Their mind, their conditioning, their habits, their actions, the results they are actively creating for themselves, and how they want to be living moving forward. And when we try to save people from their own suffering, we prolong their suffering by keeping them from hitting that wall where they say, “Basta, stop, I’m done living this way. I’m going to start to do the work to find a new way to live.”
And that’s when so much magic happens. That’s when folks start doing the thought work. I teach them to start to see their own minds. I’m seeing it every day in the folks in my group coaching program, and it’s so inspiring.
My role there as here is not to save anyone. Not to fix a darn thing. It is to offer you skills, thought work, a tool you can use to manage your mind and meet your inner children with love. Lots of tools you can use to support your beautiful nervous system, and of course, so much acceptance and love with the knowing and the understanding that I am not here to fix your life. Only you can do that, my darling one.
And yes, feeling love, feeling support, getting ventral vagal with yourself and others is a vital step. Humans are not independent animals. We are interdependent and collective healing is everything, and thoughtful support versus fixing energy is the way to build that healing, loving, collective village.
And of course, my love, you do intervene, you do take the keys away from a drunk friend who wants to drive. And of course you can say to the people who love, “If you want to hear my thoughts on x, y, z, just let me know.” But again, there is such an energetic difference between I want to fix you and, “Hey babe, I’m taking your keys away so you literally don’t kill yourself or others,” for example.
Finally, when we try – though I think I already said finally, but that’s okay. This is extra finally. When we try to fix someone’s life for them, when we try to change someone without their consent or them asking for your support, my beauty, you are out of acceptance of them and their truth and where they are in this moment. And this is never loving. It’s never loving to tell the story that you know what is best for someone else.
What’s important to know is that trying to help folks without their request, it’s really patronizing. It’s paternalistic, and it’s actually a way to try to control them. It comes from judging someone else and their life and their choices against your own internal compass and thoughts about what’s right, what’s wrong, what’s good, what’s bad, and my darling, eyes on your own paper. That’s never your job.
So let’s take a nice big deep belly breath, big, expand that belly in, and long slow out. Always attend to that nervous system, my beauty. So let’s talk about antidotes and remedies. How do we stop trying to fix other people’s problems that we see as problems?
Well, you’ll be shocked to hear this if you’re a long-time listener, but it really does start with awareness. So I had no idea I was doing all of this until a friend pointed it out, and I started to see this deep desire within me to fix other people’s lives for them, especially when I hadn’t been asked to.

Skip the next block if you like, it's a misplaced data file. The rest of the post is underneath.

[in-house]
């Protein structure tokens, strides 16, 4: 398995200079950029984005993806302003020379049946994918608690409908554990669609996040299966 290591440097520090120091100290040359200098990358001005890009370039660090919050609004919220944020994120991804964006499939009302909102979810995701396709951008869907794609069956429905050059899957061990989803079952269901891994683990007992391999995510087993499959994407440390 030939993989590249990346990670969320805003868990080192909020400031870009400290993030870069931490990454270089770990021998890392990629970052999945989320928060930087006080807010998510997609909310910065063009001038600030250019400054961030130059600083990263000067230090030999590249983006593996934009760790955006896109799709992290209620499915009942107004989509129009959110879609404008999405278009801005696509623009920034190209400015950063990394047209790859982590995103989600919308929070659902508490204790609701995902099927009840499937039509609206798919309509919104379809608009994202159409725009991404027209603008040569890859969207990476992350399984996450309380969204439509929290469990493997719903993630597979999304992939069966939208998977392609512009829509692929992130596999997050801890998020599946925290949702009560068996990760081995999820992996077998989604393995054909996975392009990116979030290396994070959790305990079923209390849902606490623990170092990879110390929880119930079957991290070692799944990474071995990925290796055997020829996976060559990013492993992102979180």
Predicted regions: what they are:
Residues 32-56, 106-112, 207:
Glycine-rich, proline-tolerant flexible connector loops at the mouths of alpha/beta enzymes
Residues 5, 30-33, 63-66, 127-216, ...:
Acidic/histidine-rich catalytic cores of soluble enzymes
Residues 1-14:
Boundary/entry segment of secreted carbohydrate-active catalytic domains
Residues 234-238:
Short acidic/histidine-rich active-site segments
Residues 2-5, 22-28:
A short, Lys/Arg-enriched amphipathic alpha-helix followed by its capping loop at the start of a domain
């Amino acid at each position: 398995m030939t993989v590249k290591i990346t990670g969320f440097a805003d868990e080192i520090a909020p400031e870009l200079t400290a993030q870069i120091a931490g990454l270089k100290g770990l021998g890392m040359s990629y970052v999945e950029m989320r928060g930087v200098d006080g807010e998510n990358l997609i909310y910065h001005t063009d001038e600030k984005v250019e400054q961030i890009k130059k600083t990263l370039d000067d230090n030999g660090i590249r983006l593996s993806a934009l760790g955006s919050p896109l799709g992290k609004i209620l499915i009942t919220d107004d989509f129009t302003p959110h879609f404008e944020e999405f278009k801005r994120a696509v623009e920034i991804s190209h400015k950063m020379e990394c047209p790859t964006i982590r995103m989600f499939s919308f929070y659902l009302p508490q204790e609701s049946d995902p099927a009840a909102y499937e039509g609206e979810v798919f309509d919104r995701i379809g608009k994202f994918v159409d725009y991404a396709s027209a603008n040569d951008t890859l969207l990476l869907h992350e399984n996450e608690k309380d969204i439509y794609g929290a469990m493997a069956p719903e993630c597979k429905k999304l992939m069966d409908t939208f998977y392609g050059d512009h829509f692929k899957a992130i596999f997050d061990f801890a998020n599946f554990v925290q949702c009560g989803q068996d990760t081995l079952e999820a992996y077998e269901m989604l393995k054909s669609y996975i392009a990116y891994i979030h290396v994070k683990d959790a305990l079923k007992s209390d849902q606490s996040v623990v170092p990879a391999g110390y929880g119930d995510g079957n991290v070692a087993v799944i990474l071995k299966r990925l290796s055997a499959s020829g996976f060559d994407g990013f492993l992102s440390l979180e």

So it starts with daily reflection, with learning to be your own watcher, which we talked about in episode two or – way back at the beginning. Way back, like a year and a half ago. But still, way back then.
And it starts with daily thought work, with taking a dedicated, committed to, five minutes every morning to do a thought release, which is to free write and to get your thoughts out of your own head, where they’re just a swimming hot mess of habits and patterns layered on top of beliefs, which are thoughts you’ve thought over and over again until your nervous circuitry makes you believe them to be facts, which they are not.
Next, we start to pull out the neutral circumstances. The thing you’re having those chronic, habitual, unintentional thoughts about that lead you to feel beholden to helping others, disappointed and resentful when others don’t do for you what you’ve done for them, sad when someone doesn’t value your opinion, or anxious when a friend calls crying and your brain goes into dorsal vagal shutdown and screams, “Oh my god, I don’t know what to say to support this person who’s crying other than to try to make them stop crying.”
Then you look at your thoughts about wanting to fix or change someone else like it’s your job or they need you or that they’ll love you or be grateful for your doing things for them, or thoughts like, “If you don’t do it for them, no one will,” or simply that you need to fix them or help someone who isn’t asking for help.
And I think I’ve been clear on this point but like, my love, I’m not talking about babies and my goodness, feeding the animals we’ve domesticated in our homes. That is your job if you took them in. I’m not talking about extending care to vulnerable populations, fragile elders. Babes, I’m a hospice nurse. Being a hospice nurse was one of the greatest joys of my life.
Anyway, sorry, my brain just went back and flashed all the beautiful dead people I’ve been so honored to know and care for. Sweet ones, I’m not talking about that kind of help. I’m talking about when your friend is like, “Oh yeah, my relationship has been rocky,” and you’re like, “Well, what you should do.”